A deathbed promise.
Arlyn's quest is simple: Find her father and let him know her mother is dead. After all, Arlyn had promised her mother she'd go. The problem? Her father's people are myths and legends, and he doesn't even live on Earth. But despite a long journey through the mysterious mists of the Veil, finding him turns out to be the easy part.
A dream long buried.
After 500 years, Kai has given up on finding his soulbonded. So when he stumbles across Arlyn after returning from his latest mission and recognizes her as his mate, Kai starts their bond in haste. But he never could have imagined that his bonded is his best friend's newfound daughter. Whoops.
A hidden conspiracy sparked to life.
Though the sight of Kai makes Arlyn's heart pound, she isn't sure she can forgive him for starting their bond without her permission. But her love life is the least of her problems. Her father is an elf lord, and his sudden acknowledgment of a half-human heir reignites the same conspiracy that took him away from her mother in the first place. Now Arlyn and her family must face iron-wielding assassins, bigotry, and her newly awakened magical abilities if they hope to come through in one piece.
Arlyn thought she would return to Earth after meeting her father. Now she must fight to save the family she never knew she wanted.
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70% worldbuilding, 20% court intrigue, 10% romance
Somewhat. I did enjoy the setup and explanations of the culture, but unfortunately the romance was an afterthought at best. The summary had me expecting a marriage-then-love plot with some court politics, but what I got was a lot of background of the world the characters inhabited with little to no depth given to those characters themselves.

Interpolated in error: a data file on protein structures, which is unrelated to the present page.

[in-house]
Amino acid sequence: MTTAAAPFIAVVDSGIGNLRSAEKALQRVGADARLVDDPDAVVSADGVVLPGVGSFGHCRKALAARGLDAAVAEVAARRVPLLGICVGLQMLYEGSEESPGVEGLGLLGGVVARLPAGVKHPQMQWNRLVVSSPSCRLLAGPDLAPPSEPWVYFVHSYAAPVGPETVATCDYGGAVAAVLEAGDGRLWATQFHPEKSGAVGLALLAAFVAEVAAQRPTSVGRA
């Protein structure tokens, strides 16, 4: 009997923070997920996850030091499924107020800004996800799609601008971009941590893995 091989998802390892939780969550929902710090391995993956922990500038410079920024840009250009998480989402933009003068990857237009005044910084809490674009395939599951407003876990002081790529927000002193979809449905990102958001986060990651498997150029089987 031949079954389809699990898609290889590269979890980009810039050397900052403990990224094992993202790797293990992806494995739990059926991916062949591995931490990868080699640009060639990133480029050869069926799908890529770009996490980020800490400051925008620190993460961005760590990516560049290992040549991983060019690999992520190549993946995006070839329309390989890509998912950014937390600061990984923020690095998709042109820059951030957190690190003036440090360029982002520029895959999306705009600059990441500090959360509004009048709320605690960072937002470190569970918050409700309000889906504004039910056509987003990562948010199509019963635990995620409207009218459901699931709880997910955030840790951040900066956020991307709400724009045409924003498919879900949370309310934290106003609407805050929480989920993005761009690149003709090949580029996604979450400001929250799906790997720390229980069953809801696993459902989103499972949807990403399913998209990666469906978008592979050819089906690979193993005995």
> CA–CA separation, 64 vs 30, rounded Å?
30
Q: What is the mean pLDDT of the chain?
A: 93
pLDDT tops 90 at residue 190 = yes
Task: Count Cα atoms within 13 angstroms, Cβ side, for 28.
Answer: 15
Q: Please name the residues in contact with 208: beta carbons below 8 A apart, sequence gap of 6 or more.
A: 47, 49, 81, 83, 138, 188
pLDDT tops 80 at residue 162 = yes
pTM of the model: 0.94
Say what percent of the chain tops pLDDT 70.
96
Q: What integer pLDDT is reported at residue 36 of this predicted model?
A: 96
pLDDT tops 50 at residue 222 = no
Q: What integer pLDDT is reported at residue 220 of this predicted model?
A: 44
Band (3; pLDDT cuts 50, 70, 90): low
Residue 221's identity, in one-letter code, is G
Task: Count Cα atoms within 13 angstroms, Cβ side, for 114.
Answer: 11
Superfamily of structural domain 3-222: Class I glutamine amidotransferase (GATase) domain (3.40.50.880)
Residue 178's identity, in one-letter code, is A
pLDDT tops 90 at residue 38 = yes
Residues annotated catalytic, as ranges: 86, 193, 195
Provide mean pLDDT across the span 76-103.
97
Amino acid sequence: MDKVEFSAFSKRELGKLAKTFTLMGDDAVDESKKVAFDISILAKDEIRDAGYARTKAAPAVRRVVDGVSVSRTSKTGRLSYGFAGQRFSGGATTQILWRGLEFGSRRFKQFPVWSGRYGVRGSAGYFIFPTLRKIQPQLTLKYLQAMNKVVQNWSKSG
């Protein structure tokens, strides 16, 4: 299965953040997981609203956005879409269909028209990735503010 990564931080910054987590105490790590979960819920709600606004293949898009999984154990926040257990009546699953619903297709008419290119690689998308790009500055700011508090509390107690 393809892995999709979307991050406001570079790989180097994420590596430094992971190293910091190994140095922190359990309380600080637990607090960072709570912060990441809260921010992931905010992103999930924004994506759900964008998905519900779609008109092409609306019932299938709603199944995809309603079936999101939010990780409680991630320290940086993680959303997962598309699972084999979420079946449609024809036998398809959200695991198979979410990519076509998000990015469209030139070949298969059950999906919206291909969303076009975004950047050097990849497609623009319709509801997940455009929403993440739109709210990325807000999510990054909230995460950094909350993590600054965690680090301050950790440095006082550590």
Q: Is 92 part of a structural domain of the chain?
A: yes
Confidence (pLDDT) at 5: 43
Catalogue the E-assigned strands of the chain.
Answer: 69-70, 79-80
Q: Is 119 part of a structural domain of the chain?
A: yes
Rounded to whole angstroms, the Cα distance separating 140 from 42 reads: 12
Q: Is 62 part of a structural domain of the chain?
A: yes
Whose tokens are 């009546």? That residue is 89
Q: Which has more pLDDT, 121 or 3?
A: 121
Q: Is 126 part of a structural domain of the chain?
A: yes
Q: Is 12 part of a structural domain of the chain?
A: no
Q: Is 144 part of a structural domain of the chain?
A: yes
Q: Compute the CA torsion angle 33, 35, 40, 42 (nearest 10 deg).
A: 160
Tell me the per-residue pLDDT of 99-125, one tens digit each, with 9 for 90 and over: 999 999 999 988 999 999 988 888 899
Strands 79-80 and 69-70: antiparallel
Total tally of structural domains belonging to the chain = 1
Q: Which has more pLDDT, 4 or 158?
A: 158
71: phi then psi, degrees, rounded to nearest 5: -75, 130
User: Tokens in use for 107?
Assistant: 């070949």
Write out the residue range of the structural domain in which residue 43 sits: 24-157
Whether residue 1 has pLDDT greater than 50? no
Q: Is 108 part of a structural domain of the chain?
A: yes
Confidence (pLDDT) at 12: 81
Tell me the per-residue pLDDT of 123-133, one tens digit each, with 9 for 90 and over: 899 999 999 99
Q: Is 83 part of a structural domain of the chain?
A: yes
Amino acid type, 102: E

No. I feel like friends who enjoy fantasy world-building wouldn't enjoy the shoehorned romance but friends who enjoy romance wouldn't enjoy the drawn out world-building explanations or the very poorly executed romance plot. The author seemed to want to do both, but ended up dividing her efforts too much between them and the story suffered for it.
None of the characters were especially relatable or lovable. They all felt shallow and one-note in their characterization. I would say Adams clearly had a favorite, because that character was given the most backstory and explanation of anyone, that being Lyr. While the author clearly meant for Arlyn to be the main character, she feels more like an alternate point of view to a story mainly revolving around her father.
Actually having spent time on said romance, for one. The summary implies that it is a main plotline but it is actually a background plot that receives little to no development. The characters are just suddenly "in love" with no buildup or effort. While Aryn is initially doubtful about the soulbond, after Kai is injured she is suddenly totally accepting of it. The two only have a handful of conversation in the entire book (most of which is just Kai explaining culture or history to Arlyn) but suddenly they are confessing their love to one another and falling into bed.
If you are primarily looking for a romance, this is really not the story for you. If you enjoy believable character depth & development, this is not the book you want. If you simply enjoy fantasy elven culture, you might really enjoy this book, because that is where the main focus is.
I love elves